Glinda of Oz
|Author||L. Frank Baum (posthumously)|
|Illustrator||John R. Neill|
|Publisher||Reilly & Lee|
|Media type||Print (hardcover)|
|Pages||279 pp (first edition, hardcover)|
|ISBN||ISBN N/A (first edition, hardcover)|
|Preceded by||The Magic of Oz|
|Followed by||The Royal Book of Oz|
Glinda of Oz: In Which Are Related the Exciting Experiences of Princess Ozma of Oz, and Dorothy, in Their Hazardous Journey to the Home of the Flatheads, and to the Magic Isle of the Skeezers, and How They Were Rescued from Dire Peril by the Sorcery of Glinda the Good is the fourteenth Land of Oz book written by children's author L. Frank Baum, published on July 10, 1920. It is the last book of the original Oz series, which was later continued by other authors. Like most of the Oz books, the plot features a journey through some of the remoter regions of Oz; though in this case the pattern is doubled: Dorothy and Ozma travel to stop a war between the Flatheads and Skeezers; then Glinda and a cohort of Dorothy's friends set out to rescue them.
The book was dedicated to Baum's second son Robert Stanton Baum.
Princess Ozma and Dorothy travel to an obscure corner of the Land of Oz, in order to prevent a war between two local powers, the Skeezers and the Flatheads. The leaders of the two tribes prove obstinate. Unable to prevent the war, Dorothy and Ozma find themselves imprisoned on the Skeezers' glass-covered island, which has been magically submerged to the bottom of its lake. Their situation worsens when the warlike queen Coo-ee-oh, who is holding them captive and who alone knows how to raise the island back to the surface of the lake, loses her battle and gets transformed into a swan, forgetting all her magic in the process. Ozma and Dorothy summon Glinda, who, with help from several magicians and magical assistants, must find a way to raise the island and liberate its trapped inhabitants.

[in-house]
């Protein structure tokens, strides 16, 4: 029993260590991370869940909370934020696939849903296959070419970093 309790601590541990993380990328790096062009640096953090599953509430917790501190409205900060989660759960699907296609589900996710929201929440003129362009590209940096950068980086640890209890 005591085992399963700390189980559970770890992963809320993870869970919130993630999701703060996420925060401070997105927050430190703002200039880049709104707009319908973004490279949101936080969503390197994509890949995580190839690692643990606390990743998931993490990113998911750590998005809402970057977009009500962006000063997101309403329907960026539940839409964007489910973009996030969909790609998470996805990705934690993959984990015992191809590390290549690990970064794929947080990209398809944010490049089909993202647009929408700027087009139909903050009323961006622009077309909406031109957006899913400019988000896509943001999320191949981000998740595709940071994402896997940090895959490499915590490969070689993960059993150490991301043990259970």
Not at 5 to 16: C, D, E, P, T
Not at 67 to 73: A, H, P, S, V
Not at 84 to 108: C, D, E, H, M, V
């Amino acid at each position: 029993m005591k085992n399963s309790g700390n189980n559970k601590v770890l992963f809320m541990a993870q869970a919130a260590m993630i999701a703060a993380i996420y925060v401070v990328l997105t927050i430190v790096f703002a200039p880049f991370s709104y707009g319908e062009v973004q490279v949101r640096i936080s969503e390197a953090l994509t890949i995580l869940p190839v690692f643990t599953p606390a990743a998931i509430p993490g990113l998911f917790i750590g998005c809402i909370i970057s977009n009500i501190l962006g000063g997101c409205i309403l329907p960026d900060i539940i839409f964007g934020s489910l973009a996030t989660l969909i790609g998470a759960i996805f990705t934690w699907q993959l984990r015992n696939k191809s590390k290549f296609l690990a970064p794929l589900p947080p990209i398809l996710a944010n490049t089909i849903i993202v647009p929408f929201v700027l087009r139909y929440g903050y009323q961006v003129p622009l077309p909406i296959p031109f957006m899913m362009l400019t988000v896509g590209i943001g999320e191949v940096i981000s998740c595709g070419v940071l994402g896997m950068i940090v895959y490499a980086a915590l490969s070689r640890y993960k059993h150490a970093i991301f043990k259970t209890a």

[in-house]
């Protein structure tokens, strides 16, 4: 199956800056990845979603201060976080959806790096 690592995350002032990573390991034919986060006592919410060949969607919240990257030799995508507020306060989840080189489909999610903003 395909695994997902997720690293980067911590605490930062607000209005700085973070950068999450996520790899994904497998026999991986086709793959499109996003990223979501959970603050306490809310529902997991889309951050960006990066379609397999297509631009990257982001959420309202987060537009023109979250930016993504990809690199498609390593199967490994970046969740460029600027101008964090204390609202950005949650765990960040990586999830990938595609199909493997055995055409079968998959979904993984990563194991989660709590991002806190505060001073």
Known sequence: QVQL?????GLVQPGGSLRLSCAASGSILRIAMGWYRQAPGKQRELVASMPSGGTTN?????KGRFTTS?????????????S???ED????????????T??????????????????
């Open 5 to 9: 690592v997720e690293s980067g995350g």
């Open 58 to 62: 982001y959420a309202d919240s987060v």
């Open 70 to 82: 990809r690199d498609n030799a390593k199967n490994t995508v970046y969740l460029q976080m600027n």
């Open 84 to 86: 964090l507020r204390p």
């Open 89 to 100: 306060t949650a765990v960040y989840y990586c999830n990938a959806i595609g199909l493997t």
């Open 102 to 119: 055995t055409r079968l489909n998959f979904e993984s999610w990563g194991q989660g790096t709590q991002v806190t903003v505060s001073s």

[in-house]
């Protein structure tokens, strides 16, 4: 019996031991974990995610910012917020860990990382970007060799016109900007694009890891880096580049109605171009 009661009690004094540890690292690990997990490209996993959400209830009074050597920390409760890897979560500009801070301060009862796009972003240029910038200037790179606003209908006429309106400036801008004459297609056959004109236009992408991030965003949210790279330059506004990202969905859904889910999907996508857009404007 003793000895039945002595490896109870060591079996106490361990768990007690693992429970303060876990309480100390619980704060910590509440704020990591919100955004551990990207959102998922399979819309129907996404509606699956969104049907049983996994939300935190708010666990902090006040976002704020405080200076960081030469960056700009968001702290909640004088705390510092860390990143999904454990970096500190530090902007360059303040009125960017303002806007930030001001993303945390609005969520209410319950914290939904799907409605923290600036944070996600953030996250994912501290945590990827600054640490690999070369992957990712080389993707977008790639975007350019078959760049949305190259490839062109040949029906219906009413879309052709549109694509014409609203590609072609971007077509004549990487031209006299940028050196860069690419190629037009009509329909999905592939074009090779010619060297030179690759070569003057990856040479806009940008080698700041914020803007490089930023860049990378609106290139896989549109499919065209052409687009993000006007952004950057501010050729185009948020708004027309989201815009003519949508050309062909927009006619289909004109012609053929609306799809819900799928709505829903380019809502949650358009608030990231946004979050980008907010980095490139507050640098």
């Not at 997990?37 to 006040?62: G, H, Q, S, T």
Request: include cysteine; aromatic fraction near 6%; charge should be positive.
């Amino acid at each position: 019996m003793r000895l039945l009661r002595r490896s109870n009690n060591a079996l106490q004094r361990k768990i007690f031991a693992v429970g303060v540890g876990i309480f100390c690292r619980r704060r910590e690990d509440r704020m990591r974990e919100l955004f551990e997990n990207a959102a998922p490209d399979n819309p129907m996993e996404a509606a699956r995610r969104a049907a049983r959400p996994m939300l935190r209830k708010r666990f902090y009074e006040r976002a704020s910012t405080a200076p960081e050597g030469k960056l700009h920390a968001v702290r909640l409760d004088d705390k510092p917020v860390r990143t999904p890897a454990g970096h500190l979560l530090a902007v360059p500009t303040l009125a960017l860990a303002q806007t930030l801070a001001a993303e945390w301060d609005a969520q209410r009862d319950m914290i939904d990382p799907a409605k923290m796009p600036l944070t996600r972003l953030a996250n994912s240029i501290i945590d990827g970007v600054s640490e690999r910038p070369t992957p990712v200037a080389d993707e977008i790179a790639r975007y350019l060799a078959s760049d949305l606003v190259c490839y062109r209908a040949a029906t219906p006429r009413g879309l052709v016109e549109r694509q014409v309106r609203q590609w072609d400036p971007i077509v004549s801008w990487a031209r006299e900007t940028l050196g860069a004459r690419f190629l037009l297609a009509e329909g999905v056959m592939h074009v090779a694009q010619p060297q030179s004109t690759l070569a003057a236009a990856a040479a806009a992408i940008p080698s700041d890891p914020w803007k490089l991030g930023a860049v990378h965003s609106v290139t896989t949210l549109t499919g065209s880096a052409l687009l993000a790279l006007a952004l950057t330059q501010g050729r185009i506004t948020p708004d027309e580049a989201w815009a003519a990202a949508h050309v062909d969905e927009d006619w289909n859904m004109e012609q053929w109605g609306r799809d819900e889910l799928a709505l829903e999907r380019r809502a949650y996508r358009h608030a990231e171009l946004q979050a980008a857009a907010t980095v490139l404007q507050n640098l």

The printed text of the book features one significant change from Baum's manuscript. In the manuscript, Red Reera first appears as a skeleton, its bones wired together, with glowing red eyes in the sockets of its skull. The printed text makes Red Reera first appear as a gray ape in an apron and lace cap — a comical sight rather than a frightening and disturbing specter. The change was most likely made by Baum at the suggestion of his editors. Other changes in the manuscript, made by an unknown editor at Reilly & Lee, are relatively trivial, and do not always improve the text.
The submerged city of the Skeezers in this book may have been suggested to Baum by the semi-submerged Temple of Isis at Philae in Egypt, which the Baums had seen on their trip to Europe and Egypt in the first six months of 1906.
Dave Hardenbrook borrowed the three Adepts from Glinda of Oz and adapted them for his own use in his 2000 novel The Unknown Witches of Oz.
- Katharine M. Rogers, L. Frank Baum: Creator of Oz, New York, St. Martin's Press, 2002; pp. 236-7.
- Rogers, p. 154; see also pp. 142-4 and 152-3.
|Wikisource has the complete text of:|
- Glinda of Oz at Project Gutenberg
- A discussion of the book
- Glinda of Oz on Open Library at the Internet Archive
|The Oz books|
The Magic of Oz
|Glinda of Oz
The Royal Book of Oz